Due to COVID-19 Pandemic, almost all of us realised what China offered to the rest of the world. But it is very important to know that China is one of the top traders in the world. Most of the goods and raw materials for manufacturing are provided by China to the rest of the world. Trade has become an increasingly important part of China’s overall economy and it has been a significant tool used for economic modernization. Over time, China’s dominance has grown dramatically.
Although the U.S. dominated most of the world trade in 1980, China gradually surpassed the U.S. in 2013 as the major trading partner in many countries around the world. Before 2000, the U.S. was at the peak of global trade, as over 80% of countries traded with the U.S. By 2018, that number had dropped sharply to just 30% as China swiftly took the top position in 128 of 190 countries. China’s 2001 entry into the World Trade Organization was a major turning point in China’s international trade relationships.
Between imports and exports, China is involved in $4.6 trillion worth of trade worldwide. It has a trade balance of $367 billion, which means that its overall exports are higher than its imports. Just imagine the profits that China makes! In total, China exports $2.5 trillion worth of goods to other countries.
History of Chinese foreign trade:
The direction of China’s foreign trade has undergone marked changes since the early 1950s. In 1950, three-fourths of the total was accounted for by trade with non-communist countries, but by 1954, the situation was completely reversed, and communist countries accounted for about three-fourths. In 1965, China’s trade with other socialist countries made up only about one-third of the total.
The drive to modernize the economy that began in 1978 required a sharp acceleration in commodity flows and greatly improved efficiency in economic transactions. In the following years, economic reforms were adopted by the government to develop a socialist market economy. This type of economy combined central planning with market mechanisms. The changes resulted in the expansion of domestic and foreign trade and investment.
During the 1980s and 1990s, China’s foreign trade came full cycle. Trade with all communist countries diminished with the demise of most socialist states. By contrast, trade with developed and developing countries became predominant. In general, China has had a positive balance of trade with its trading partners since 1990. Hong Kong became one of China’s major partners before its reincorporation into the country. It remains prominent in domestic trade, mainly for agricultural products.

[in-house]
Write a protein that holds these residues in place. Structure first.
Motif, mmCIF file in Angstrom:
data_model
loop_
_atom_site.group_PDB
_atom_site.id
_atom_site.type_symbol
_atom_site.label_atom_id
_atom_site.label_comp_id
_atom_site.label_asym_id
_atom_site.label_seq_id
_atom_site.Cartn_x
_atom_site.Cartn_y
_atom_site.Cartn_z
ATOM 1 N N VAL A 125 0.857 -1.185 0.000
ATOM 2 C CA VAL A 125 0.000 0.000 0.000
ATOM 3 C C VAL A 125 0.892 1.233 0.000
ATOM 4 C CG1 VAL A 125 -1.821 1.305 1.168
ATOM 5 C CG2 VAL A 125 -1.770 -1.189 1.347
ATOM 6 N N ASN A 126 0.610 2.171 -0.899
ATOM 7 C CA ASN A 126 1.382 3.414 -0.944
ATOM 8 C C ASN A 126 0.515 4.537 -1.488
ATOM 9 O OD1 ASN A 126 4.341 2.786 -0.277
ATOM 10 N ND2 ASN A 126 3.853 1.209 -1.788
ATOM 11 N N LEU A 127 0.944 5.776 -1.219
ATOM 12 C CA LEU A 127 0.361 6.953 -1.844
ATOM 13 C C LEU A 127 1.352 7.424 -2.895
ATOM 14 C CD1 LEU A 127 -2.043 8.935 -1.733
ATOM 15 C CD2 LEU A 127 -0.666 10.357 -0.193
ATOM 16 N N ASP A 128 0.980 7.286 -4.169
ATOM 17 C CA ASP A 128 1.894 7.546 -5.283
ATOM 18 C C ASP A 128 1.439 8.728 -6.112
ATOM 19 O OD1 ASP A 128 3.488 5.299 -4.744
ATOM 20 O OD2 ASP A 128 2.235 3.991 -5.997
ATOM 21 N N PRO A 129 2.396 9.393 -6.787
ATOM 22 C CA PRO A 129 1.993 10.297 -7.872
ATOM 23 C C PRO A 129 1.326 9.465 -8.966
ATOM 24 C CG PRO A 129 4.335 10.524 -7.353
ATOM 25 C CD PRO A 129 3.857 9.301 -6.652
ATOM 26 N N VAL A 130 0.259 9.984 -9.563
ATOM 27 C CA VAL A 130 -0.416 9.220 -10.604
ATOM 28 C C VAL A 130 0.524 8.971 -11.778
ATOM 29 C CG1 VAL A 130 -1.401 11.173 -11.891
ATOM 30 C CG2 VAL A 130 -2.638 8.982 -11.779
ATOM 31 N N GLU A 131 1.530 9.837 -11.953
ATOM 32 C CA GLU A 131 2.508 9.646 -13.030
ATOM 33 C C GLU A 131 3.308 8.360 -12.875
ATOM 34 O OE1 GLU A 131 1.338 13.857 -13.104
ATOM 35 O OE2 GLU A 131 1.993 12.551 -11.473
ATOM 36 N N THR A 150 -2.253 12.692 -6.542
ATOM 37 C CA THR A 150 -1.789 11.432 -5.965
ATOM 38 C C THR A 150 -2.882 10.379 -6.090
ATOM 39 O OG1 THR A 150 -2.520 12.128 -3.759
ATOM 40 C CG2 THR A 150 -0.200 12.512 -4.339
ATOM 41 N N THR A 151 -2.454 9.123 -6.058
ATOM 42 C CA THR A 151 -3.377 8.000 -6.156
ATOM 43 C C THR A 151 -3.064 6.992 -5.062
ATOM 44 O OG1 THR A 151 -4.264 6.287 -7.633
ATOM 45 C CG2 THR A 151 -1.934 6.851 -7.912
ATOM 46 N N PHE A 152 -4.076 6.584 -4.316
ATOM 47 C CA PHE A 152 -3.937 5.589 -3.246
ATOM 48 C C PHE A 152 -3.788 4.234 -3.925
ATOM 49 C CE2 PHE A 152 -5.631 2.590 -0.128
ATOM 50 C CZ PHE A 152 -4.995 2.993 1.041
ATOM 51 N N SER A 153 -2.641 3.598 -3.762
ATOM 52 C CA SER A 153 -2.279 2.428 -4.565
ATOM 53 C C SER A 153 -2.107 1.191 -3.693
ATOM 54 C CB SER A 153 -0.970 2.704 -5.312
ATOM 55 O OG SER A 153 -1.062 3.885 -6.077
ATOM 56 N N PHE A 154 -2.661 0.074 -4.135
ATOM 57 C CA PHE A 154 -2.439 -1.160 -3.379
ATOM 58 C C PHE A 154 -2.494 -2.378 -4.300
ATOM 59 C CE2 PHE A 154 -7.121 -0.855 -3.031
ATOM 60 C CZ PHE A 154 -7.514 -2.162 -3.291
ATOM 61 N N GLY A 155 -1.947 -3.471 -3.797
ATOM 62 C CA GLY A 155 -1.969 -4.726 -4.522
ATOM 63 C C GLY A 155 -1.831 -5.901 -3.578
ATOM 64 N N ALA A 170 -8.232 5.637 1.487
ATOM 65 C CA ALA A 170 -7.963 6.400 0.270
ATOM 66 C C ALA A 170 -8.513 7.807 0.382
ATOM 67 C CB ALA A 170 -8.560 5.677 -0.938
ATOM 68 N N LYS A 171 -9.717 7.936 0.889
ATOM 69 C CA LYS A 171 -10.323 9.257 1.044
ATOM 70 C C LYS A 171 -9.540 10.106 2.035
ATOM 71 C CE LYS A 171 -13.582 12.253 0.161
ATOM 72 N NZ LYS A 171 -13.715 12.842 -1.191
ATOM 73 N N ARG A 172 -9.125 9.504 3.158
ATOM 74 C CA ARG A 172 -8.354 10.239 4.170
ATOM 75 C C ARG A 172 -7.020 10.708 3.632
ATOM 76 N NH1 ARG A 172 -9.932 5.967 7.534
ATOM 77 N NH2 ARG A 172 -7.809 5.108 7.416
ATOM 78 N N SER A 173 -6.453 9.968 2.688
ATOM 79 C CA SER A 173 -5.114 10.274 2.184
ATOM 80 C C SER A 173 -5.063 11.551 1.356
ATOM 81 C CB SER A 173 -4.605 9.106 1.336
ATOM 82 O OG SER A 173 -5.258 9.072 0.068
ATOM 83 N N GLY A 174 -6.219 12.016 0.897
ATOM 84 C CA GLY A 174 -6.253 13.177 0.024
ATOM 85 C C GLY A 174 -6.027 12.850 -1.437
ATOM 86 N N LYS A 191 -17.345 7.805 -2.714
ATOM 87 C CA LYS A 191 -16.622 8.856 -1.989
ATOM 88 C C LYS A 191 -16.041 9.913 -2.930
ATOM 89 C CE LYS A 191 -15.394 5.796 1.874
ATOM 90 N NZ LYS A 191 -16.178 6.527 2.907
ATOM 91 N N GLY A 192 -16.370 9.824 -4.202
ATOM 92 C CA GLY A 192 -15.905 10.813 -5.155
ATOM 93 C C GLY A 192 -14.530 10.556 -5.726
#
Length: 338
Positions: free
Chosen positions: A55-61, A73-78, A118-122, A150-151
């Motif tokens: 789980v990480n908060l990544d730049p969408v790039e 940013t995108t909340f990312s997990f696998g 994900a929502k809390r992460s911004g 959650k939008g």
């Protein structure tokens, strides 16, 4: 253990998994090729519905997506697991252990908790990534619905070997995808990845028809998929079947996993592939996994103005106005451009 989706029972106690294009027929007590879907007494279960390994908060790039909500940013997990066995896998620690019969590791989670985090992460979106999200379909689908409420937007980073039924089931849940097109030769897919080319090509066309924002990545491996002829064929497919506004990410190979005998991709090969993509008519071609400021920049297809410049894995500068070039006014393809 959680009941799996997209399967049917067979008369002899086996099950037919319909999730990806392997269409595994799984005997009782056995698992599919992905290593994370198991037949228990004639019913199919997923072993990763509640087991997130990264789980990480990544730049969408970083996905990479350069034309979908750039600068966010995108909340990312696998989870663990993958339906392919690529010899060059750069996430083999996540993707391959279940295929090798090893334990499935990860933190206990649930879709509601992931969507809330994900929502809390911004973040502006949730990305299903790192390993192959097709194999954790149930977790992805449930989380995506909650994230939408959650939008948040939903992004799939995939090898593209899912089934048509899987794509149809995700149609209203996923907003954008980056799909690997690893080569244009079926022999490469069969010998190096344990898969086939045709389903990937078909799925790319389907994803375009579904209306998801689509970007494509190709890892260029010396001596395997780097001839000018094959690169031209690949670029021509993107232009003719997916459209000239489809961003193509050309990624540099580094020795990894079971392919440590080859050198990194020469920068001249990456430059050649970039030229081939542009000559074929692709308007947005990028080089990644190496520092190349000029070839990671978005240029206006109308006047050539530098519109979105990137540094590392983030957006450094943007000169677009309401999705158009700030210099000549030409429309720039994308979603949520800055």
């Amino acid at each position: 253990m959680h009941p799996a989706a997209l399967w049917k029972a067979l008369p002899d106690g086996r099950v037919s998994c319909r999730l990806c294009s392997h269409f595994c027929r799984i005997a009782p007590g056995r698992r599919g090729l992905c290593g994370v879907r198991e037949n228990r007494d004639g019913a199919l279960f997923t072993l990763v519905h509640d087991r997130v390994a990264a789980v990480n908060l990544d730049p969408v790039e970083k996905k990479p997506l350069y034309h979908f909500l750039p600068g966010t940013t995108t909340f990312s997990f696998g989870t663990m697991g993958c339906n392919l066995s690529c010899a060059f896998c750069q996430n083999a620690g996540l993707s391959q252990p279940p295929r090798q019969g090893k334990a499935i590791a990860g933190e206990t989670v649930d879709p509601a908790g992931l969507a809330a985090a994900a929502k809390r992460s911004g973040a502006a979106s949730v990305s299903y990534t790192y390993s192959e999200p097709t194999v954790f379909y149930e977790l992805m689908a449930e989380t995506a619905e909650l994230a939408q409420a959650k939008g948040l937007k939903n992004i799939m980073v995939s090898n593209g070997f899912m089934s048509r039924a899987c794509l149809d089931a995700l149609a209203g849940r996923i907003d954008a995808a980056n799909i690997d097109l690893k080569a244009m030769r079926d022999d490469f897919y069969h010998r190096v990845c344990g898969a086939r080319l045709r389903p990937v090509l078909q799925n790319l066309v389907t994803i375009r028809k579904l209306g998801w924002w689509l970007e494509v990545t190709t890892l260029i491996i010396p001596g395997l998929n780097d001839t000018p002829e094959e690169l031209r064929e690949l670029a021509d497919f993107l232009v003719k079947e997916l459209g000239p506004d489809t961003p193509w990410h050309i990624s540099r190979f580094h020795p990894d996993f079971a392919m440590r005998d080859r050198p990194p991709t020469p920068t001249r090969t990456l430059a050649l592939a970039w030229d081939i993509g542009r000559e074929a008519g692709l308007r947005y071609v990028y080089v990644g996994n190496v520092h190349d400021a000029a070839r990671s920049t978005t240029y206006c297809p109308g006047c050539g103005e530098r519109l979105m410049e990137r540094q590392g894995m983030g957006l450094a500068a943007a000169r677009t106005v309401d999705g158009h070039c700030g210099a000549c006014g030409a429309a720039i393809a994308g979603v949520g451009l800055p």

Over the past several decades, Chinese trade has expanded at a fast pace. In 1995, the value of China’s imports and exports of goods totalled $280.9 billion or 3 percent of global trade. By 2018, its total trade in goods had jumped to $4.6 trillion or 12.4 percent of global trade.
The latest available country-specific data shows that 60.2% of products exported from China were brought by importers in:
- The United States of America (16.8%)
- Hong Kong (11.2%)
- Japan (5.7%)
- South Korea (4.4%)
- Vietnam (3.9%)
- Germany (3.2%)
- India (3.6%)
- Netherlands (3%)
- United Kingdom (2.5%)
- Taiwan (2.2%)
- Singapore (2.2%)
- Malaysia (2.1%).
Even though The U.S. is one of the most developed countries in the world, it is the largest importer of goods and raw materials from China. Surprising, isn’t it? The most common goods that China exports to the U.S. tend to be electronic devices, such as cell phones. It shows how important of a role China plays for every country when it comes to the manufacturing industry.
The great bulk of China’s exports consist of manufactured goods, of which electrical and electronic machinery and equipment and clothing, textiles, and footwear are by far the most important. Agricultural products, chemicals, and fuels are also significant exports. The United States, Hong Kong, Japan, EU countries, and South Korea are the principal export destinations.
The following export product groups categorize the highest dollar value in Chinese global shipments: